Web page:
Because of sugar’s powerful pull, it is important to realize that you are not weak or worthless if sugar is a problem for you. In reality, you are living in a body that is responding exactly how it should be given the foods that are coming into it.
Your brain must down-regulate under conditions of high sugar because it is protecting itself. This is the physiology of a working system, not a broken system.
Fighting Back Against Sugar Cravings
You can bring your body and brain back into balance and get a handle on sugar cravings. However, if you are like many people, you have not been able to break away from sugar because you approach the issue backward.
We get it backward because we try to subtract before we add. The only way to break free from sugar is to flip that strategy around and Add before you Subtract.
It is not unusual for someone who struggles with sugar cravings to have many failed attempts under their belt. Each attempt to stop eating sugar goes something like this:
- You get disgusted with yourself and immediately swear off sugar.
- Within a few hours, your brain chemistry gets triggered, and you feel obsessed with sugar cravings.
- You try to hold off the cravings by using willpower. However, willpower cannot stand up to the biochemistry of the brain.
- Before long, you cave in, eat sugar, and feel like a failure.
What’s missing from this strategy?
The answer is that when sugar was removed, there was nothing added to take the edge off of hunger and cravings. In other words, you must Add before you Subtract.
Add Fat and Volume Before You Subtract Sugar
Adding these things to your diet may not be a magic switch that immediately obliterates sugar cravings in your life. However, this strategy can stunt cravings enough to give you the edge you need to resist eating sugar.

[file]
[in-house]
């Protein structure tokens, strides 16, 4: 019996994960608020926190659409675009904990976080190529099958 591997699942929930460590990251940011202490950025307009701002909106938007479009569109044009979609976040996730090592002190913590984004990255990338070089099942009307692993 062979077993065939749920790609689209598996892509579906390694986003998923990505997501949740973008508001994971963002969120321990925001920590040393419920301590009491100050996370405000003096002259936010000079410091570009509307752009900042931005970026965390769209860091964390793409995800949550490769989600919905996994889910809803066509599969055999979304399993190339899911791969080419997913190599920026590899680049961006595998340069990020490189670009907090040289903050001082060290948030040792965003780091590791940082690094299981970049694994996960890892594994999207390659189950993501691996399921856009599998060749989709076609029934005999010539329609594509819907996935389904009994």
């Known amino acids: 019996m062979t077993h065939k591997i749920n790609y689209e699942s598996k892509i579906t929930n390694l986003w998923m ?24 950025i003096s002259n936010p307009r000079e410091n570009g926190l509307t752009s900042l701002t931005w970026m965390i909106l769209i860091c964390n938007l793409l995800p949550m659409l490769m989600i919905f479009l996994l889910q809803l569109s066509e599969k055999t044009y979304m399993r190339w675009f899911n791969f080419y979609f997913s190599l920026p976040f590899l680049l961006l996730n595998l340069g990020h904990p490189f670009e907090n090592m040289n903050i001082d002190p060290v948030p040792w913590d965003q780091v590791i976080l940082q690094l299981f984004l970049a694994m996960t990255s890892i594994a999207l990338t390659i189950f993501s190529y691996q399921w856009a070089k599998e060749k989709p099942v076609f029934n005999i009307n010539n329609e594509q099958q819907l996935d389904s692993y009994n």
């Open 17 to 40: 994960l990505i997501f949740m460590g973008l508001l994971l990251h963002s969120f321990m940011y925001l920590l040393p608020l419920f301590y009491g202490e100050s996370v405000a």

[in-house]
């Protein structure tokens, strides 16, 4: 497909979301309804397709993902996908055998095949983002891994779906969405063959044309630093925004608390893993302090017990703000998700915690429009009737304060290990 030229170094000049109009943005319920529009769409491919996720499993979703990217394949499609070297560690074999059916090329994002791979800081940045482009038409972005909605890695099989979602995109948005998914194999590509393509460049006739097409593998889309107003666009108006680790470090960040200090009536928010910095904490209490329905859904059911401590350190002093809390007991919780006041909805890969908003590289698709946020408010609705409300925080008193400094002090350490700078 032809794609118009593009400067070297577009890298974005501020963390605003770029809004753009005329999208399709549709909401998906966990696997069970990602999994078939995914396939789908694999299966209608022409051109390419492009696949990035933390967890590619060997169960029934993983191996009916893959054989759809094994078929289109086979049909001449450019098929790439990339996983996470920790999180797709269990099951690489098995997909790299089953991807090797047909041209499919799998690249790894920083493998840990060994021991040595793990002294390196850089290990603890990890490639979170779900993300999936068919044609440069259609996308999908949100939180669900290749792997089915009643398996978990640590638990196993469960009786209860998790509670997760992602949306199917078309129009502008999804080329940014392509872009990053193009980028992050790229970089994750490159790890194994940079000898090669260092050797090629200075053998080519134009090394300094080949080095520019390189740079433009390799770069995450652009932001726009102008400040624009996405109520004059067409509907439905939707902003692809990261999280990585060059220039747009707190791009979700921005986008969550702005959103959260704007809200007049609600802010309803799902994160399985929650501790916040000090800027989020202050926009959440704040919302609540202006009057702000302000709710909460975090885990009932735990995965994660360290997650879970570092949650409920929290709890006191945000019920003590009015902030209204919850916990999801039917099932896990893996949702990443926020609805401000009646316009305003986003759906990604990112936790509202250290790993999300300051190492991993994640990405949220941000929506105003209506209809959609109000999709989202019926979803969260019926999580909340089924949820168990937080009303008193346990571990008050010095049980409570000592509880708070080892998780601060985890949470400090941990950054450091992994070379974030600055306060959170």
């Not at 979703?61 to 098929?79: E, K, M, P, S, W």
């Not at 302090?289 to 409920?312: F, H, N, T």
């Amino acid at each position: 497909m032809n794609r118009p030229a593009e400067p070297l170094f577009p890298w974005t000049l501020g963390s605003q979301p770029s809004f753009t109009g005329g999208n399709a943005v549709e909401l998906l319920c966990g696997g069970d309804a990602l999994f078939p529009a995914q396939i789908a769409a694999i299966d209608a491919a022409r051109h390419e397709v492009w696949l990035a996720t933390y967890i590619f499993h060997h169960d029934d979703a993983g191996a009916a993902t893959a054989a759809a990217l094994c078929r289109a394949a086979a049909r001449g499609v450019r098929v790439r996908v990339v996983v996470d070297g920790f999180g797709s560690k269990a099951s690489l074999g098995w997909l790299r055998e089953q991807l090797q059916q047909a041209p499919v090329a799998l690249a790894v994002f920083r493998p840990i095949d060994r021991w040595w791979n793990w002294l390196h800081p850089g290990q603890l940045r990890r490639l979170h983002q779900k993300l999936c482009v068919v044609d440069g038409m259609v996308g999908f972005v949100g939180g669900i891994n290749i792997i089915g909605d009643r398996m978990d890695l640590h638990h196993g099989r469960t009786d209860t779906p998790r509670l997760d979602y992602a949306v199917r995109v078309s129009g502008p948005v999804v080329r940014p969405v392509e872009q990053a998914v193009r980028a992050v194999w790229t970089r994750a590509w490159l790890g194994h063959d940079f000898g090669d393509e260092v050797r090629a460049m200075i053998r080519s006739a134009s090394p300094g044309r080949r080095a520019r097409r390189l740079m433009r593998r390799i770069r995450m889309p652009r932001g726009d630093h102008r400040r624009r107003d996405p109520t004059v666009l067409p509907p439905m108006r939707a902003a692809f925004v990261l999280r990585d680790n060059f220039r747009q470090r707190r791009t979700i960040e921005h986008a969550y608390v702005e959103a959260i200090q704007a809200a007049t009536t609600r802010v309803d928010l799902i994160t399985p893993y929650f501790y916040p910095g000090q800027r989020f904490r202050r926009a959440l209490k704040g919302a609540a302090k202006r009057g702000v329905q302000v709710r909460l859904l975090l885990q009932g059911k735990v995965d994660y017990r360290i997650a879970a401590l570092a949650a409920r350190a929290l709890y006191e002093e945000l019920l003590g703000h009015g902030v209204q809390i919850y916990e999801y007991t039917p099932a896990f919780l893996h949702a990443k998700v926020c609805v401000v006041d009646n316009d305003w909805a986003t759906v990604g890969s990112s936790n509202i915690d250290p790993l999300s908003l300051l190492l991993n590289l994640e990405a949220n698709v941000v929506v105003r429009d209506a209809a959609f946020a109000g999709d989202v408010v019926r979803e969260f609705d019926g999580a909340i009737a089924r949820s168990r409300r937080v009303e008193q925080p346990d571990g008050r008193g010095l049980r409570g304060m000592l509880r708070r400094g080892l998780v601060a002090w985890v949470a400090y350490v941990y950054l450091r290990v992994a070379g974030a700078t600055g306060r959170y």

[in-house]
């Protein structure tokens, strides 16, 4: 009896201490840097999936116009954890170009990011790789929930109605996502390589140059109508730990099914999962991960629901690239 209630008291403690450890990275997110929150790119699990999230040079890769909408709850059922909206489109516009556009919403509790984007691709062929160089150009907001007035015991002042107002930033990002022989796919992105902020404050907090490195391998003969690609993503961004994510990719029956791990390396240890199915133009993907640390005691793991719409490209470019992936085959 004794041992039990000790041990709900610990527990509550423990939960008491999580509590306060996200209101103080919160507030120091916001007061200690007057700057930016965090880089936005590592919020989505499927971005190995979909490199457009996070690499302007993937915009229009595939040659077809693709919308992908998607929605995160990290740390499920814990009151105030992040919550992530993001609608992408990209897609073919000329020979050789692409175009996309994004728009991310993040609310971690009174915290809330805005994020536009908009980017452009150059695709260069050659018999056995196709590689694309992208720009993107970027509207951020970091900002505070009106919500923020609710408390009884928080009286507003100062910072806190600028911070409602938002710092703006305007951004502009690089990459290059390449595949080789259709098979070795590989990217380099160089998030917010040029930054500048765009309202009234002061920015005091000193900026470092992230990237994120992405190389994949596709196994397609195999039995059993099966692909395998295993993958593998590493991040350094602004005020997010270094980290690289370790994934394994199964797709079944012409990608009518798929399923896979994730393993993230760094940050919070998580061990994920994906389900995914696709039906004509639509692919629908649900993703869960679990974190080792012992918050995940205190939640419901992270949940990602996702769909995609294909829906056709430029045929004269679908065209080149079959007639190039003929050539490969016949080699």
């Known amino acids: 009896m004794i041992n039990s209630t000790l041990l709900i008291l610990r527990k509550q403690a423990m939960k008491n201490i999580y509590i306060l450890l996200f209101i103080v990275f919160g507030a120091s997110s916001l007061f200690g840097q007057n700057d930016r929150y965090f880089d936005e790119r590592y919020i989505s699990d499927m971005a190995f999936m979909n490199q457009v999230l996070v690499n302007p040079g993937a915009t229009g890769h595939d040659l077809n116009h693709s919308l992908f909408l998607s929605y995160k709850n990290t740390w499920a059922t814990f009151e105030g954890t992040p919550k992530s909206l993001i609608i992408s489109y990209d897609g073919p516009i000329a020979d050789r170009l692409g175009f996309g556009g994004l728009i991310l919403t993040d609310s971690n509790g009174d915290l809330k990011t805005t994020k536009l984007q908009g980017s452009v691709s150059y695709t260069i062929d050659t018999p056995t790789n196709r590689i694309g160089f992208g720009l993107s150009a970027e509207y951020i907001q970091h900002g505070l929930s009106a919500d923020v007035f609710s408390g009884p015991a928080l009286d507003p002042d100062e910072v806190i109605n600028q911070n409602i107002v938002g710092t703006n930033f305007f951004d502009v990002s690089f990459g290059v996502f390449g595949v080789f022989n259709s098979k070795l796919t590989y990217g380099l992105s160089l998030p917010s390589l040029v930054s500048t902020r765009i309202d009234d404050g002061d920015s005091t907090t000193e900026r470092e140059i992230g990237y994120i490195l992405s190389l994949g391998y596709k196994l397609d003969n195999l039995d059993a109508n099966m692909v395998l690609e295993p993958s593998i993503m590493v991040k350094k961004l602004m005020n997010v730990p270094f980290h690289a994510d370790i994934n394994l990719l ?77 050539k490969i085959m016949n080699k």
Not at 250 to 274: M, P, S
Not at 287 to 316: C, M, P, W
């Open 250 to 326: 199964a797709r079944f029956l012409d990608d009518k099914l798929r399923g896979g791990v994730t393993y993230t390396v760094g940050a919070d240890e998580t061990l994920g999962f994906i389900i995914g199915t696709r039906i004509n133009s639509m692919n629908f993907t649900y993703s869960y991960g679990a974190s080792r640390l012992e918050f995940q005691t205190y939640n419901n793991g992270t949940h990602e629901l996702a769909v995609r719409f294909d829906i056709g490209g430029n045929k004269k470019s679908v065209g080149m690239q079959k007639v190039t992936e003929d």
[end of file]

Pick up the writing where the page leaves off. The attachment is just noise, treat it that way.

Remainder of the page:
The more days you can string together without sugar, the more dopamine receptors can be replenished in your brain. When this happens, you don’t need sugar like you used to.
If you are avoiding fatty foods like nuts, seeds, avocados, and cheese because you think they will make you fat, you’re barking up the wrong tree. These fatty foods satiate hunger and quiet cravings.
The same can be said for volume. When you fill your stomach with a large salad at lunch and a big side dish of cooked vegetables at dinner, hunger signals that normally travel to the brain from receptors in the wall of your stomach are shut down.
Instead, your full stomach sends your brain a message that there is plenty of food to process, and no more food is needed.
Consuming enough healthy fats and plenty of volume will not only control hunger but also move your body into a fat-burning state.
Allowing yourself to eat fat and eat more food when you’re trying to lose weight takes some rethinking of what your meals should look like.
If you’d like a guide to help you get started, you can download my free 0,1,2,3 strategy. The strategy will help you get off of sugar and get some much-needed volume into your diet.
About the Author
Becky Gillaspy, DC graduated Summa Cum Laude with research honors from Palmer College of Chiropractic in 1991.